December 8, 2021

Volume XI, Number 342

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December 07, 2021

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December 06, 2021

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NYSE Commission: Boards’ Focus Should be Long-term

Following the financial crisis, the New York Stock Exchange’s Commission on Corporate Governance has found that corporate boards should focus more on long-term growth, instead of short-term gains.

The yearlong examination also found that managers should be more involved in corporate governance and boards should not rely too heavily on legislation and agency rule-making in establishing corporate governance strategies.

“We think this is really important today because, more than ever before, boards are confronted with pressure to act to increase shareholder prices in the short-term — including facing pressure to take actions that may lead to a short-term increase in shareholder value at the expense of long-term, sustainable growth.”

The panel, chaired by Larry Sonsini, chairman of law firm Wilson Sonsini Goodrich & Rosati, recommended the following 10 core principals to improve corporate governance and the proxy voting process:

  1. The board’s fundamental objective should be to build long -term sustainable growth in shareholder value for the corporation, and the board is accountable to shareholders for its performance in achieving this objective.
     
  2. While the board’s responsibility for corporate governance has long been established, the critical role of management in establishing proper corporate governance has not been sufficiently recognized. The Commission believes that a key aspect of successful governance depends upon successful management of the company, as management has primary responsibility for creating an environment in which a culture of performance with integrity can flourish.
     
  3. Shareholders have the right, a responsibility and a long- term economic interest to vote their shares in a thoughtful manner, in recognition of the fact that voting decisions influence director behavior, corporate governance and conduct, and that voting decisions are one of the primary means of communicating with companies on issues of concern.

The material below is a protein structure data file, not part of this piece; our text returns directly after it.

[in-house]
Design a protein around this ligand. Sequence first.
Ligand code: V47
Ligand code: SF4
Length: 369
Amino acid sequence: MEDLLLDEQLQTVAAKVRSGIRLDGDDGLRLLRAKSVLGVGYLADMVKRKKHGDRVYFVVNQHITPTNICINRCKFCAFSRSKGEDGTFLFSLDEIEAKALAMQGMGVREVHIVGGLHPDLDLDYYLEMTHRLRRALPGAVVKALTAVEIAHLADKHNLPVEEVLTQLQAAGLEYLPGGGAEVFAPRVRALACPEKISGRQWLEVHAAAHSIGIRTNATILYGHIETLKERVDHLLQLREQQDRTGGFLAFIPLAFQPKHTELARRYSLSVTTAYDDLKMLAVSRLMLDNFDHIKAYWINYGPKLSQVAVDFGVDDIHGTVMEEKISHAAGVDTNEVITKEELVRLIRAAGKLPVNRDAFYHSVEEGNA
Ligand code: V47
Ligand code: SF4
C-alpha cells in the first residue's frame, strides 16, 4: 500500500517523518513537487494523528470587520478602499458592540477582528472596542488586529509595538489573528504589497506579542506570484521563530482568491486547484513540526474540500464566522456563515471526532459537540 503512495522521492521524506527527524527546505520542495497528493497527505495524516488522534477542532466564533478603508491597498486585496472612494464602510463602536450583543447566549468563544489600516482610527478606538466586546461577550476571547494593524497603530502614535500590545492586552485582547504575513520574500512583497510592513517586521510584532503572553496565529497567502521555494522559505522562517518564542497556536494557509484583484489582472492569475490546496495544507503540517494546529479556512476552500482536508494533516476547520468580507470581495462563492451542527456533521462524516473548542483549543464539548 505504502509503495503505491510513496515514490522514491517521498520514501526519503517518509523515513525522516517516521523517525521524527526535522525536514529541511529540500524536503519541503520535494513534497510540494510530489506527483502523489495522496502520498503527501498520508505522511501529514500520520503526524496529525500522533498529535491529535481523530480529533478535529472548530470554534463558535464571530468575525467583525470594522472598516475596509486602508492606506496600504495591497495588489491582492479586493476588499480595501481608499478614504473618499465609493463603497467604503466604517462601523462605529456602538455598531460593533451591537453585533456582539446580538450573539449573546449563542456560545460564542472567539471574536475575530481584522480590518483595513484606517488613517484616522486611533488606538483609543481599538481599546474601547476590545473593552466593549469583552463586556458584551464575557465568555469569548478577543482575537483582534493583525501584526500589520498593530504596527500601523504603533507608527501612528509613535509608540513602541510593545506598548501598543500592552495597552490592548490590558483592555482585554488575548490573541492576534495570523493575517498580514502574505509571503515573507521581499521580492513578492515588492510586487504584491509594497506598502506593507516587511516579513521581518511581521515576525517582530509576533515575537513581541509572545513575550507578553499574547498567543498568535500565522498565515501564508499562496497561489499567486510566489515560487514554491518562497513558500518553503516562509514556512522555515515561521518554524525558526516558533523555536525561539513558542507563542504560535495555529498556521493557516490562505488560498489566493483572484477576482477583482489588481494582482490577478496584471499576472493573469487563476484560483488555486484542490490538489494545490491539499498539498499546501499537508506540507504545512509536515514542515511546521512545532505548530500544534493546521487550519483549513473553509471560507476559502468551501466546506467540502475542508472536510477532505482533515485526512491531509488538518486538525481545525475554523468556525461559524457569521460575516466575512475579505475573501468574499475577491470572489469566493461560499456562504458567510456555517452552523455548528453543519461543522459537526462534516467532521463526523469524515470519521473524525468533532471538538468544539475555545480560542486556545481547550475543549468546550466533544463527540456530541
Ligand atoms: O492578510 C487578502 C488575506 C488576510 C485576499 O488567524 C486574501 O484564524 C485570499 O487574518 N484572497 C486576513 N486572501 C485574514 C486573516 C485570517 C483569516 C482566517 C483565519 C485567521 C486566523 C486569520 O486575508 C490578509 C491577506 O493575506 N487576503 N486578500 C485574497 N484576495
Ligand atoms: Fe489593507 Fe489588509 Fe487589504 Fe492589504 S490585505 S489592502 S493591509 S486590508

4. Good corporate governance should be integrated with the company’s business strategy and objectives and should not be viewed simply as a compliance obligation separate from the company’s long- term business prospects.
     
  5. Legislation and agency rule -making are important to establish the basic tenets of corporate governance and ensure the efficiency of our markets. Beyond these fundamental principles, however, the Commission has a preference for market -based governance solutions whenever possible.
     
  6. Good corporate governance includes transparency for corporations and investors, sound disclosure policies and communication beyond disclosure through dialogue and engagement as necessary and appropriate.
     
  7. While independence and objectivity are necessary attributes of board members, companies must also strike the right balance between the appointment of independent and non independent directors to ensure that there is an appropriate range and mix of expertise, diversity and knowledge on the board.
     
  8. The Commission recognizes the influence that proxy advisory firms have on the market, and believes that such firms should be held to appropriate standards of transparency and accountability. The Commission commends the SEC for its issuance of the Concept Release on the U.S. Proxy System, which includes inviting comments on how such firms should be regulated.
     
  9. The SEC should work with the NYSE and other exchanges to ease the burden of proxy voting and communication while encouraging greater participation by individual investors in the proxy voting process.
     
  10. The SEC and/or the NYSE should consider a wide range of views to determine the impact of major corporate governance reforms on corporate performance over the last decade. The SEC and/or the NYSE should also periodically assess the impact of major corporate governance reforms on the promotion of sustainable, long- term corporate growth and sustained profitability.

Sonsini stressed that the commission can only recommend these principles. The success of them depends on a company’s willingness to implement and maintain such initiatives.

Risk Management Magazine and Risk Management Monitor. Copyright 2010 Risk and Insurance Management Society, Inc. All rights reserved.National Law Review, Volume , Number 267
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About this Author

Editor

Emily Holbrook is the editor of Risk Management magazine and the Risk Management Monitor blog.

212-655-5915
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